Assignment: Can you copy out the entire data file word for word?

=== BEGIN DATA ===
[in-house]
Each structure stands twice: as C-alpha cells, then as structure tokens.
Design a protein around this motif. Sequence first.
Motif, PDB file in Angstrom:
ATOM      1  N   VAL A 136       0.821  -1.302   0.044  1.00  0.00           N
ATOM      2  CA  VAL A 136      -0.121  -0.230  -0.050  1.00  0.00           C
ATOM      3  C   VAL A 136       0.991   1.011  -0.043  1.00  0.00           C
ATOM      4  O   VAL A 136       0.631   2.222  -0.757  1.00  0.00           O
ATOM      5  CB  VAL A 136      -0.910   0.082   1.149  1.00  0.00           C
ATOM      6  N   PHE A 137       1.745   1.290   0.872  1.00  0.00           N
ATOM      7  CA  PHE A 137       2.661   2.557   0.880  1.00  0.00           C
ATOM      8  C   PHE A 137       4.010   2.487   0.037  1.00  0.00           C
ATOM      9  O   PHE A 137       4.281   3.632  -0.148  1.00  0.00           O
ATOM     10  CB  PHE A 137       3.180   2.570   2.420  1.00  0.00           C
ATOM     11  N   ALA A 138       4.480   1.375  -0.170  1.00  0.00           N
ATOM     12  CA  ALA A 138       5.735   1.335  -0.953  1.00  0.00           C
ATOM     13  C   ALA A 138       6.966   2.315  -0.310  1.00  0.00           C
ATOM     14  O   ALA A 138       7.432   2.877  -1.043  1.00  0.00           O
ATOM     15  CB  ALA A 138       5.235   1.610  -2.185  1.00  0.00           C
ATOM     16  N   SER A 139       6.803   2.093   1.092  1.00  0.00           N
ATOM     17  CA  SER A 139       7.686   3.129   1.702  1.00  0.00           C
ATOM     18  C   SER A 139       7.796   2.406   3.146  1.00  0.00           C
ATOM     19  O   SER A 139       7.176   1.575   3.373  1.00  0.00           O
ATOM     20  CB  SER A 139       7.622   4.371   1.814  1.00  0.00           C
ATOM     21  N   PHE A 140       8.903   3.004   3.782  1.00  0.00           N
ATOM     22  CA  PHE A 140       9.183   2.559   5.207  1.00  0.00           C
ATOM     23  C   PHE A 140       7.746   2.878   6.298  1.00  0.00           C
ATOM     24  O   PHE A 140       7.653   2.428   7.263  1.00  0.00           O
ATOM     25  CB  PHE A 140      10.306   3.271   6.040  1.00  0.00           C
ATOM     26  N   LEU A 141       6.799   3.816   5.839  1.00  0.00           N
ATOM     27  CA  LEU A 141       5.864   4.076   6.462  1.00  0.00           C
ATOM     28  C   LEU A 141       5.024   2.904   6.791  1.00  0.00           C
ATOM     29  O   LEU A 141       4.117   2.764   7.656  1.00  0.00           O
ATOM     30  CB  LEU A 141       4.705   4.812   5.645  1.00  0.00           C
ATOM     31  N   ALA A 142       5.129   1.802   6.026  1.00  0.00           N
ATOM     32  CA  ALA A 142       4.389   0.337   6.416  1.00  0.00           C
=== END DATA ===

[in-house]
Each structure stands twice: as C-alpha cells, then as structure tokens.
Design a protein around this motif. Sequence first.
Motif, PDB file in Angstrom:
ATOM      1  N   VAL A 136       0.821  -1.302   0.044  1.00  0.00           N
ATOM      2  CA  VAL A 136      -0.121  -0.230  -0.050  1.00  0.00           C
ATOM      3  C   VAL A 136       0.991   1.011  -0.043  1.00  0.00           C
ATOM      4  O   VAL A 136       0.631   2.222  -0.757  1.00  0.00           O
ATOM      5  CB  VAL A 136      -0.910   0.082   1.149  1.00  0.00           C
ATOM      6  N   PHE A 137       1.745   1.290   0.872  1.00  0.00           N
ATOM      7  CA  PHE A 137       2.661   2.557   0.880  1.00  0.00           C
ATOM      8  C   PHE A 137       4.010   2.487   0.037  1.00  0.00           C
ATOM      9  O   PHE A 137       4.281   3.632  -0.148  1.00  0.00           O
ATOM     10  CB  PHE A 137       3.180   2.570   2.420  1.00  0.00           C
ATOM     11  N   ALA A 138       4.480   1.375  -0.170  1.00  0.00           N
ATOM     12  CA  ALA A 138       5.735   1.335  -0.953  1.00  0.00           C
ATOM     13  C   ALA A 138       6.966   2.315  -0.310  1.00  0.00           C
ATOM     14  O   ALA A 138       7.432   2.877  -1.043  1.00  0.00           O
ATOM     15  CB  ALA A 138       5.235   1.610  -2.185  1.00  0.00           C
ATOM     16  N   SER A 139       6.803   2.093   1.092  1.00  0.00           N
ATOM     17  CA  SER A 139       7.686   3.129   1.702  1.00  0.00           C
ATOM     18  C   SER A 139       7.796   2.406   3.146  1.00  0.00           C
ATOM     19  O   SER A 139       7.176   1.575   3.373  1.00  0.00           O
ATOM     20  CB  SER A 139       7.622   4.371   1.814  1.00  0.00           C
ATOM     21  N   PHE A 140       8.903   3.004   3.782  1.00  0.00           N
ATOM     22  CA  PHE A 140       9.183   2.559   5.207  1.00  0.00           C
ATOM     23  C   PHE A 140       7.746   2.878   6.298  1.00  0.00           C
ATOM     24  O   PHE A 140       7.653   2.428   7.263  1.00  0.00           O
ATOM     25  CB  PHE A 140      10.306   3.271   6.040  1.00  0.00           C
ATOM     26  N   LEU A 141       6.799   3.816   5.839  1.00  0.00           N
ATOM     27  CA  LEU A 141       5.864   4.076   6.462  1.00  0.00           C
ATOM     28  C   LEU A 141       5.024   2.904   6.791  1.00  0.00           C
ATOM     29  O   LEU A 141       4.117   2.764   7.656  1.00  0.00           O
ATOM     30  CB  LEU A 141       4.705   4.812   5.645  1.00  0.00           C
ATOM     31  N   ALA A 142       5.129   1.802   6.026  1.00  0.00           N
ATOM     32  CA  ALA A 142       4.389   0.337   6.416  1.00  0.00           C